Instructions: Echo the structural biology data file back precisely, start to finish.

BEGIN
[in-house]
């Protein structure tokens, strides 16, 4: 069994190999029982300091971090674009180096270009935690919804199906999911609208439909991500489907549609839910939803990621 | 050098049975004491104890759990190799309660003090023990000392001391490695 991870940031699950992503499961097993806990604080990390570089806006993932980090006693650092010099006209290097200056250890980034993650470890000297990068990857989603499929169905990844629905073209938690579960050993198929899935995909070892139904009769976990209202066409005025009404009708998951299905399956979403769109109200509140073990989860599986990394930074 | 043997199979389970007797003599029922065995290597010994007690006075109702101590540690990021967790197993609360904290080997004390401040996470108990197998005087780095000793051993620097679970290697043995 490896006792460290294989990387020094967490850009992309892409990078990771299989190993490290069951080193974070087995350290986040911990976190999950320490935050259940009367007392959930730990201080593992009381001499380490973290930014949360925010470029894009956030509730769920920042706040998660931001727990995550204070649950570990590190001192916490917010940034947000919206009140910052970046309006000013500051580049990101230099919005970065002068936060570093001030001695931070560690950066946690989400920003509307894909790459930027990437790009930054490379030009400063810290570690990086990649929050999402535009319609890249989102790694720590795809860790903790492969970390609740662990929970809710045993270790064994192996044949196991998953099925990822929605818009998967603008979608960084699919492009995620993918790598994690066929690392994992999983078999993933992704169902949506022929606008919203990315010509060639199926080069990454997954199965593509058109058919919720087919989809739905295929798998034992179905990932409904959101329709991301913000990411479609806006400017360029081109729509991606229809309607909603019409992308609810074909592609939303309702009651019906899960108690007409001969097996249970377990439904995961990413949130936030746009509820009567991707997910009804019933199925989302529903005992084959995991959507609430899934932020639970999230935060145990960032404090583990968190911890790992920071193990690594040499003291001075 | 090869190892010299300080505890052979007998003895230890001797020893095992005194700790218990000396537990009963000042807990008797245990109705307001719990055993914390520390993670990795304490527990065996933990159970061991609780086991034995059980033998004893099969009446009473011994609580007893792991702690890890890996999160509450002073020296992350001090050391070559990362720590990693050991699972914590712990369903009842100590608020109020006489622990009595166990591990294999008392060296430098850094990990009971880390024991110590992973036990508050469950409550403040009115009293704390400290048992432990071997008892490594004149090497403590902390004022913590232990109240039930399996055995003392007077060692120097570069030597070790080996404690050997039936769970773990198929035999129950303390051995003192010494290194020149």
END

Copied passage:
[in-house]
């Protein structure tokens, strides 16, 4: 069994190999029982300091971090674009180096270009935690919804199906999911609208439909991500489907549609839910939803990621 | 050098049975004491104890759990190799309660003090023990000392001391490695 991870940031699950992503499961097993806990604080990390570089806006993932980090006693650092010099006209290097200056250890980034993650470890000297990068990857989603499929169905990844629905073209938690579960050993198929899935995909070892139904009769976990209202066409005025009404009708998951299905399956979403769109109200509140073990989860599986990394930074 | 043997199979389970007797003599029922065995290597010994007690006075109702101590540690990021967790197993609360904290080997004390401040996470108990197998005087780095000793051993620097679970290697043995 490896006792460290294989990387020094967490850009992309892409990078990771299989190993490290069951080193974070087995350290986040911990976190999950320490935050259940009367007392959930730990201080593992009381001499380490973290930014949360925010470029894009956030509730769920920042706040998660931001727990995550204070649950570990590190001192916490917010940034947000919206009140910052970046309006000013500051580049990101230099919005970065002068936060570093001030001695931070560690950066946690989400920003509307894909790459930027990437790009930054490379030009400063810290570690990086990649929050999402535009319609890249989102790694720590795809860790903790492969970390609740662990929970809710045993270790064994192996044949196991998953099925990822929605818009998967603008979608960084699919492009995620993918790598994690066929690392994992999983078999993933992704169902949506022929606008919203990315010509060639199926080069990454997954199965593509058109058919919720087919989809739905295929798998034992179905990932409904959101329709991301913000990411479609806006400017360029081109729509991606229809309607909603019409992308609810074909592609939303309702009651019906899960108690007409001969097996249970377990439904995961990413949130936030746009509820009567991707997910009804019933199925989302529903005992084959995991959507609430899934932020639970999230935060145990960032404090583990968190911890790992920071193990690594040499003291001075 | 090869190892010299300080505890052979007998003895230890001797020893095992005194700790218990000396537990009963000042807990008797245990109705307001719990055993914390520390993670990795304490527990065996933990159970061991609780086991034995059980033998004893099969009446009473011994609580007893792991702690890890890996999160509450002073020296992350001090050391070559990362720590990693050991699972914590712990369903009842100590608020109020006489622990009595166990591990294999008392060296430098850094990990009971880390024991110590992973036990508050469950409550403040009115009293704390400290048992432990071997008892490594004149090497403590902390004022913590232990109240039930399996055995003392007077060692120097570069030597070790080996404690050997039936769970773990198929035999129950303390051995003192010494290194020149």